Write Social Media Posts at a Sixth Grade Reading Level

Posted on June 29th 2013

Write Social Media Posts at a Sixth Grade Reading Level
Yoast’s WordPress SEO Plugin consistently tells me that my vocabulary is too advanced for an optimal post (which according to this infographic is at a sixth grade reading level). When Joost upgrades his program to assess writing skill, I’m sure they will trump reading level concerns. 

In any event, I thought this was an interesting infographic. HCCMIS uses their own case study around this infographic, and I think it’s always helpful to understand the thought process and action for a successful social brand, even if they may not be easily replicatable by others. By creating accessible social content around relevant inbound content, they grew their audience. What’s not to like about that?

I’m curious to hear your take on this one. 

business-social-media_51c9ce155221d

Photo See page for author [Public domain], via Wikimedia Commons
Infographic by HCCMIS

 

leaderswest

Jim Dougherty

I write and shepherd content on Leaders West. I write about how smaller businesses can leverage social media to their advantage (and some other stuff).

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Comments

LeistCatalano
Posted on June 30th 2013 at 1:14AM

I think it's a good idea to use sixth or seventh grade English when writing for a blog.  The advice is consistent with what I was told when I was an environmental consultant writing remediation reports. It forced me to cut out a lot of scientific jargon.  I had to write for a large public audience, not just my scientist peers. 

leaderswest
Posted on July 1st 2013 at 2:13AM

Great points Laura, and I'd also add that even though most readers can read at a higher level, it does take some energy and time to comprehend articles like that, so if the goal is to have more readers reading your content then making it as accessible as possible is key. Thanks for your insight!

FeldmanCreative
Posted on June 30th 2013 at 4:32PM

Baloney. Write at a sixth grade level if you want to do business with sixth graders. Bugs me how often marketers talk about dumbing things down. I would suggest the opposite. 

There is a lot of good stuff in this infographic, but it's all over the place and features some reckless stuff too...

One word of mouth conversation is worth 200 TV ads? C'mon. How is "worth" defined?

BTW, what is "corporate twitter page rank?"

Twitter followers is a very strange way to measure the reach of a blog, no?

 

leaderswest
Posted on July 1st 2013 at 2:09AM

Thanks Barry, 

I appreciate your opinion, but can cite myriad examples where your suggestion would be misleading. The Flesch-Kincaid scale weighs heavily on syllables to determine grade-level equivalent, How many multi-syllabic words do you hear in advertising copy or in popular music?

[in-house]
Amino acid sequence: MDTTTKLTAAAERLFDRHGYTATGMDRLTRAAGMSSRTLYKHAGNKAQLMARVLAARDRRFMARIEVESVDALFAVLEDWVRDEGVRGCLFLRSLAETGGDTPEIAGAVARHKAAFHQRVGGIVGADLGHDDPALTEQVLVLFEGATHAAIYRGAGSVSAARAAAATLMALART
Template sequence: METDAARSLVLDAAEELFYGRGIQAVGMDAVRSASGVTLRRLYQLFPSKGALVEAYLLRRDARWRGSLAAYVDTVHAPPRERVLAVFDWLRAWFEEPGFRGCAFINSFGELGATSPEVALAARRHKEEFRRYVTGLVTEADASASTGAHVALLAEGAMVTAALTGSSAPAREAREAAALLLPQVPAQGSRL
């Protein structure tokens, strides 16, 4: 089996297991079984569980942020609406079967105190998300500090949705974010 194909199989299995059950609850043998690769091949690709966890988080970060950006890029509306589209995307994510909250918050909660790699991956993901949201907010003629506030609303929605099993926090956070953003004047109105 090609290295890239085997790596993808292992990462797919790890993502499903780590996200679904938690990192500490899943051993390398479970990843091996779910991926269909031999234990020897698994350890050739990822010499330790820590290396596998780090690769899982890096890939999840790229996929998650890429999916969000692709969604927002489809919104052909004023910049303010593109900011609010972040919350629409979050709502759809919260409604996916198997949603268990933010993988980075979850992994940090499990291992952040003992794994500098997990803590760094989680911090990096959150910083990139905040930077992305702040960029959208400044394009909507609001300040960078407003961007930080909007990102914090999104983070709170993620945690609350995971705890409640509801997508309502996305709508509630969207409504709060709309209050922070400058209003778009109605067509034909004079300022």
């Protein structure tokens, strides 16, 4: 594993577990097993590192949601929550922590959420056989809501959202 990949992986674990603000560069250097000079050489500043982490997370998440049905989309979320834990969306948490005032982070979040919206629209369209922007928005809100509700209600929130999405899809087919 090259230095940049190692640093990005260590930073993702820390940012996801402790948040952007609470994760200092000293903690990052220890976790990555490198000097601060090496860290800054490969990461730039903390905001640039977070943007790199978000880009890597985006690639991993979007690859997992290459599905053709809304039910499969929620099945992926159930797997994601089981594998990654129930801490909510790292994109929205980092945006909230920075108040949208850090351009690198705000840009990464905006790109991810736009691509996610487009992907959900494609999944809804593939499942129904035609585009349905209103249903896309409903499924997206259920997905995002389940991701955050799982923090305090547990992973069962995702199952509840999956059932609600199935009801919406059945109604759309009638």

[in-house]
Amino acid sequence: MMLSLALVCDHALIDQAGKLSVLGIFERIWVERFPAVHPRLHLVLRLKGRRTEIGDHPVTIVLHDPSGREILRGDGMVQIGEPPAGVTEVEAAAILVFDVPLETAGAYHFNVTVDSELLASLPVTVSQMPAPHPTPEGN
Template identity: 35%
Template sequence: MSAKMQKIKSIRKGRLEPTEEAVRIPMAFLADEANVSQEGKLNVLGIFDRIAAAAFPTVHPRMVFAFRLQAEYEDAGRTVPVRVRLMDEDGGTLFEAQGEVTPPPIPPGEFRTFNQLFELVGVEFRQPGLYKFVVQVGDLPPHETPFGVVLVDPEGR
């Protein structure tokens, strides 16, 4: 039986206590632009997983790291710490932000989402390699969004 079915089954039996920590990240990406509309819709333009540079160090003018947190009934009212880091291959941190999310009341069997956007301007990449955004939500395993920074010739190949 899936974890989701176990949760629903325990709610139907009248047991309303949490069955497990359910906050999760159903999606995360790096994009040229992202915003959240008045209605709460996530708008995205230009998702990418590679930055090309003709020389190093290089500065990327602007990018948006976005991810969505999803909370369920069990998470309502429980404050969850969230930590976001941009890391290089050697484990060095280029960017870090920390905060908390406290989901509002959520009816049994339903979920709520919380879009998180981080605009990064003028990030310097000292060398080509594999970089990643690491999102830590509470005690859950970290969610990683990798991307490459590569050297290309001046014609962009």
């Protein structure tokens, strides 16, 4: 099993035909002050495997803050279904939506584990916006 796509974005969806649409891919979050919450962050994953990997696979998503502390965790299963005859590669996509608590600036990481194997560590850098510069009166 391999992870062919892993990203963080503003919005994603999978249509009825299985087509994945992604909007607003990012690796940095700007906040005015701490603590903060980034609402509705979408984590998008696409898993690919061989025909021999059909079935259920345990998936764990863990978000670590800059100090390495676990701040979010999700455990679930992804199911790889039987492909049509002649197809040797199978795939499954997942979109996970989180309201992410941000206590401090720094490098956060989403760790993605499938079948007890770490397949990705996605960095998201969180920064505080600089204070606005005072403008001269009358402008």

Or take music for instance: This is the refrain from one of my favorite Ani DiFranco songs: 

"first you go under and then coming up gives you bends and when you break the surface and all you see is your friends."

And here's the refrain from the #1 song in country this week, "Blurred Lines;"

"and that's why I'm gon' take a good girl, I know you want it, I know you want it, I know you want it, You're a good girl"

Qualitatively the difference is vast, as is the success of each song. They're inversely proportional.

I think you're entiled to advocate for smarter writing, but you would be incorrect if you asserted that PhD level writing is suitable for the mass market. I'm not sure that I can think of any examples where that is true and replicatable.

As for your other points, the authors of this infographic had a point of view and shared it. I think you take what you want out of these things and leave what you want. All statistics in Internet-related studies and their resulting infographics are inherently incorrect, and it's incumbent to the reader to determine what's notable and what's not. You seem to have a strong opinion about what's not notable and what's not. 

This infographic was good about citing sources, so if you want to understand about any of the statistics that they cite feel welcome to research those.

Thanks for your comment! 

Jay_Perkins
Posted on July 1st 2013 at 9:16AM

Hi Jim

I dont think Barry was sugesting that PhD level writing was suitable for the 'mass market', but rather you should write at the level your target audience read at.

I agree with you that if you are looking to get the most number of readers to a blog post then use of simpler language is probably best. If your goal is to influence the mind and actions of a particular group however, you should write more closely to the language most used by that particular group?

J

Sperez
Posted on July 4th 2013 at 8:54PM

Great points, everyone. Jim, I think your point about reading level is correct- it's not that readers wouldn't be able to comprehend your points but that in truth, higher-level writing takes more time to process. Why not increase your blog's universal appeal by being certain all of your readers can access the information available. Also, I find it good exercise mentally to really think about the meaning of what I am saying (writing)- sure there are many words that mean roughly the same thing, but in blogging the simplest sentence is the clearest. I'm still working on that however! 

Anyone who is looking for more blogging tips should check out my colleague Krista's latest post How to Boost your Blog by Using Real Personalities that Connect with your Customers